Importing On-Premise SQL to SQL Azure
Microsoft have done a great job building Azure and SQL Azure. However one of the places where I feel like they have fallen down is how to get your on premise data up into Azure. It isn’t that there isn’t a good way it is that there are a million different ways to do it. If you look at the official MSDN entry there are 10 different approaches. How are we to know which one to use? I think we could realistically reduce the number to two methods:
- Export and import a data-tier application
- Synchronize with an on premise application
The first scenario is what you want in most instances. It will require downtime for your application as any data created between exporting your database and importing it will not be seen up in Azure SQL. It is a point in time migration.
If you have a zero downtime requirement or your database is so large that it will take an appreciable period of time to export and import then you can use the data sync. This will synchronize your database to the cloud and you then simply need to switch over to using your up to date database in the cloud.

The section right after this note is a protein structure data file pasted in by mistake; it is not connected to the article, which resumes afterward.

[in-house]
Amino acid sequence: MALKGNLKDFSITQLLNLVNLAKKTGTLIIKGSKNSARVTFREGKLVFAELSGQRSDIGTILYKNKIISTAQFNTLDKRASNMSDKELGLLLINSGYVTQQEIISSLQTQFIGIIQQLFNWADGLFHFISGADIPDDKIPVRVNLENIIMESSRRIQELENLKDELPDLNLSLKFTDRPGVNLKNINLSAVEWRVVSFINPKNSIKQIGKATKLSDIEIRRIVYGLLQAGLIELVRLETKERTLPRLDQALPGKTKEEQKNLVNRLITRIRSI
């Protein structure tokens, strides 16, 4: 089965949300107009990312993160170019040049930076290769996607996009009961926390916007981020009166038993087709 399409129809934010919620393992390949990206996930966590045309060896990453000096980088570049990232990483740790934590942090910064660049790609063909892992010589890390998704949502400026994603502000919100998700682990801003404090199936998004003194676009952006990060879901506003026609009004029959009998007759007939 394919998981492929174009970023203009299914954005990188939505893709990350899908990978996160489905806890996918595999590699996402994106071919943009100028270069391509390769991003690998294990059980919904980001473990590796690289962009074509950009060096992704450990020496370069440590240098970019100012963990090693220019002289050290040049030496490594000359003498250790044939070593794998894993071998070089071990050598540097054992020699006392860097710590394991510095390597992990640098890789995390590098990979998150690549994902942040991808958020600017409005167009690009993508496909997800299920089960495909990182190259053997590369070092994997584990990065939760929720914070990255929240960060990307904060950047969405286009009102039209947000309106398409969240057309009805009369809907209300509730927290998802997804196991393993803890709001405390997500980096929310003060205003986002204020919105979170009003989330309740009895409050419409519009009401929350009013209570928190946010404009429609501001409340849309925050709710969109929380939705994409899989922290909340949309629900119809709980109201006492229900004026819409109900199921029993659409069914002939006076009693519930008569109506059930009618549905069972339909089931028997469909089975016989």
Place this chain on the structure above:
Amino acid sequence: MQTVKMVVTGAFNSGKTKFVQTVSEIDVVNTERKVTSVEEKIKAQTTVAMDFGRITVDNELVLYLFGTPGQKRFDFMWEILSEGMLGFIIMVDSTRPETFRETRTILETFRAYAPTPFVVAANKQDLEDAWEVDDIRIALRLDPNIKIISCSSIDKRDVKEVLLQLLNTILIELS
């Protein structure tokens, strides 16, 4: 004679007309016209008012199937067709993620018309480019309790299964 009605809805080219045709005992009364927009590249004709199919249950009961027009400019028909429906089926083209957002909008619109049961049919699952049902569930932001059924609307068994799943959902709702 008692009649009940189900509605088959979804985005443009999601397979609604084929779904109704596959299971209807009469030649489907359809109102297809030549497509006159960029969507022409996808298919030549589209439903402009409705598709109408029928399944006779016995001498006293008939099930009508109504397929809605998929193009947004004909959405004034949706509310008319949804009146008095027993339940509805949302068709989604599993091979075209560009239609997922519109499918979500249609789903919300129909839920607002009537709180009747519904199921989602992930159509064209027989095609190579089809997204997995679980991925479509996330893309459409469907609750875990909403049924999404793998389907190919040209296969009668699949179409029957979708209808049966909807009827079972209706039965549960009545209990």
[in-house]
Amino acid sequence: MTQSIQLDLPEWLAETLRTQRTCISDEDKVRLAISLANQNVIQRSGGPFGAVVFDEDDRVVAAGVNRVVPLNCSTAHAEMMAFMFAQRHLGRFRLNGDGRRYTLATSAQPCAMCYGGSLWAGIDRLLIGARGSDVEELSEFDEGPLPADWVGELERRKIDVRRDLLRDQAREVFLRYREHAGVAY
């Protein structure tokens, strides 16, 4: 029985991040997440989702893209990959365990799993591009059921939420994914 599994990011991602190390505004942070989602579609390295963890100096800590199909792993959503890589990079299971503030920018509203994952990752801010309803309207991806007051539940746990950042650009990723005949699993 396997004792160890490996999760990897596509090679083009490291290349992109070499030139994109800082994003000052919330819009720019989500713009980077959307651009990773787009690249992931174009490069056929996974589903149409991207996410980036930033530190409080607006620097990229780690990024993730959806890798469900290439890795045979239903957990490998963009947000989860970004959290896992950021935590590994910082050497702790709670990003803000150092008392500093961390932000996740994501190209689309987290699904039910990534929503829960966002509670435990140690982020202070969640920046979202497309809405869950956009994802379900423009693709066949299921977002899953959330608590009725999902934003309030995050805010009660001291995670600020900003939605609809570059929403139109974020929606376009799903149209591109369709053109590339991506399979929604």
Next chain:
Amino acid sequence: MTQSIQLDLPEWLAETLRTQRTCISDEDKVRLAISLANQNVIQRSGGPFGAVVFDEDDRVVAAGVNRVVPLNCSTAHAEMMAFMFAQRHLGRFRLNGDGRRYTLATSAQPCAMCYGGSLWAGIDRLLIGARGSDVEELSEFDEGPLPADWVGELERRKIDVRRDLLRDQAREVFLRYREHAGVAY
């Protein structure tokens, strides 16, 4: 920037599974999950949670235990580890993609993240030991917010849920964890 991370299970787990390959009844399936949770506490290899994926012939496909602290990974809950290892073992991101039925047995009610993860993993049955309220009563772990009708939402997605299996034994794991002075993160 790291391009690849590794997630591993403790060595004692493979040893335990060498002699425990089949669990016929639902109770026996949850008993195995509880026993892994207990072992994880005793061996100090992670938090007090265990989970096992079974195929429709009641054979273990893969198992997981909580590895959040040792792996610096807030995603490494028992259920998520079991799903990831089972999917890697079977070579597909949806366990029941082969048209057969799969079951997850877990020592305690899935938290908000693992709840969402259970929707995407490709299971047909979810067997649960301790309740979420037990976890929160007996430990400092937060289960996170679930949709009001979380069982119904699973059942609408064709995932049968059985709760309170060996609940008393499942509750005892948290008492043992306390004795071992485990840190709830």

This article is going to be about method #1.
The first step is to find the database you want to export in SQL Server Management Studio
Now under tasks select export data-tier application. This will create a .bacpac file that is portable to pretty much any SQL server.
Here you can export directly to a blob storage container on Azure. I’ve blanked out the storage account and container here for SECURITY. I just throw the backup in an existing container I have for moving data about. If you don’t have a container just create a new storage account and put a container in it.
The export may take some time depending on the size of your database but the nice part is that the bacpac file is uploaded to azure as part of the process so you can just fire and forget the export.
Now jump over to the Azure management portal. I like to use the older portal for this as it provides some more fidelity when it comes to finding and selecting your bacpack file. Here you can create a new database from an export. Unfortunately there doesn’t seem to be a way to apply an import to an existing database. That’s probably not a very common use case anyway.
Here we can specify the various settings for the new database. One thing I would suggest is to use a more performant database that you might usually. It will speed up the import and you can always scale down after.
Now you just need to wait for the import to finish and you’ll have a brand new database on Azure complete with all your data.